Hun Sen’s Cambodian People’s Party took all 125 available National Assembly seats in the vote, primarily because a regime-controlled court had dissolved the Cambodia National Rescue Party, the main opposition. Human Rights Watch called the elections “meaningless” and “fundamentally flawed.” Ericksen praised them: “It was very free, very fair. Everybody got a vote.”

The Ericksen affair seems to reflect Hun Sen’s growing recognition that his grip on power is strengthened by recapturing some semblance of the genuine popularity he once enjoyed.

In October 2018, Hun Sen credited Ericksen with influencing his decision to resume searches for U.S. war dead, which the prime minister had previously suspended to rebuke the Trump administration. Local media flooded the country with news of this Cambodian-American cooperation, hailing Ericksen as a hero.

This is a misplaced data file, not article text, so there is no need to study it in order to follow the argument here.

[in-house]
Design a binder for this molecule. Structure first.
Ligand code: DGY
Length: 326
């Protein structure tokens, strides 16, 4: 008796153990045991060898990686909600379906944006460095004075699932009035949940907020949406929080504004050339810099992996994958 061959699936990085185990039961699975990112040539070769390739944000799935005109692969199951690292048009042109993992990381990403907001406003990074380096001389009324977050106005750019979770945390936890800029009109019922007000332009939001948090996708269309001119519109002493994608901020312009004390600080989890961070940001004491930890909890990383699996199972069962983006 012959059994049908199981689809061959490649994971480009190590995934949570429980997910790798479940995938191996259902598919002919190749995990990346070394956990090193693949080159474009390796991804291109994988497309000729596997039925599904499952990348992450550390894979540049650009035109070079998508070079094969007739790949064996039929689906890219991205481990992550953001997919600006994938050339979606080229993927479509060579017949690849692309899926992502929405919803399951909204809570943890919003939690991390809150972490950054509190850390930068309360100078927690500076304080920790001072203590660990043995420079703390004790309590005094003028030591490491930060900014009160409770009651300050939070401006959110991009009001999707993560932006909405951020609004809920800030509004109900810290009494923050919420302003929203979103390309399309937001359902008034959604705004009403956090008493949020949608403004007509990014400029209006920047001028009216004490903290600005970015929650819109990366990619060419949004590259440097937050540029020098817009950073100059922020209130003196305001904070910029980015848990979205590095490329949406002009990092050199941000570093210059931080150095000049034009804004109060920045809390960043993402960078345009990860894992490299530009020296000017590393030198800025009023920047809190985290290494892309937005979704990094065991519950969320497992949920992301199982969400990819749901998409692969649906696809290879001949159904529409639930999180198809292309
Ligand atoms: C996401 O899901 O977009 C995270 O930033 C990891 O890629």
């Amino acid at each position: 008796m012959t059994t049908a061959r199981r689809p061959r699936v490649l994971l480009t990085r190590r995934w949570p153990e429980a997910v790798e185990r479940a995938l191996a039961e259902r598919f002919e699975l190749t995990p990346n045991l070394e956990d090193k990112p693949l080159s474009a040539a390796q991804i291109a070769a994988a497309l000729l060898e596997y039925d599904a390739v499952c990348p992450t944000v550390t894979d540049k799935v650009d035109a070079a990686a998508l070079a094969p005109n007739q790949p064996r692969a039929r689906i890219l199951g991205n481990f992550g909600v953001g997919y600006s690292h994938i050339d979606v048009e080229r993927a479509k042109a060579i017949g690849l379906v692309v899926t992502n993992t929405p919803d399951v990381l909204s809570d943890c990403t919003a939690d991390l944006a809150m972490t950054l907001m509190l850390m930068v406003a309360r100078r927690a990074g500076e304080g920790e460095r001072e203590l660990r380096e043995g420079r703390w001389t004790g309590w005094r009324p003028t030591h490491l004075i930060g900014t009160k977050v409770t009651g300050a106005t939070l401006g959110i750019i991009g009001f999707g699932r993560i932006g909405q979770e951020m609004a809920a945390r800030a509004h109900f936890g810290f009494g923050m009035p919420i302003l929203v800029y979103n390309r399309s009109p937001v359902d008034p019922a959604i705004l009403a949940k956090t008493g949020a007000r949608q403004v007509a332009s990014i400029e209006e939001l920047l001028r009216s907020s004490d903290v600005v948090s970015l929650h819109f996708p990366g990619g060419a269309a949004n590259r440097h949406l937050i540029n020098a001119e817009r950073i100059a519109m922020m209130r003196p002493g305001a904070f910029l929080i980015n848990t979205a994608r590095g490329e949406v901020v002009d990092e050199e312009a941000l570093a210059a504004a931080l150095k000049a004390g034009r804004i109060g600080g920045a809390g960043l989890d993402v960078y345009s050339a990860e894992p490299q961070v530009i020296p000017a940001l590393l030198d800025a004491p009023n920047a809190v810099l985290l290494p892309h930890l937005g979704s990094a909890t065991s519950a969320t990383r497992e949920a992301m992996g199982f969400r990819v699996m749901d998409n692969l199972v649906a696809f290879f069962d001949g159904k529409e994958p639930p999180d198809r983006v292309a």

“It’s clear [Hun Sen] wants to have his cake and eat it too,” Ear, the Occidental College professor, told Foreign Policy. “[He] bash[es] America while purveying the illusion that America seeks out Cambodia.”

The Ericksen affair seems to reflect Hun Sen’s growing recognition that his grip on power is strengthened by recapturing some semblance of the genuine popularity he once enjoyed, particularly in light of his seeming plans for patrimonial succession.

A portion of the voting public made its discontent obvious in the 2017 local elections, ahead of which the prime minister promised to “eliminate 100 or 200 people”—a not-so-veiled threat of violence—if his party did “not win elections at all stages.” Even under these prejudiced conditions, the since dissolved opposition still managed to secure about 44 percent of the vote—a seeming sign that Cambodians have not entirely resigned themselves to Hun Sen’s lifelong rule.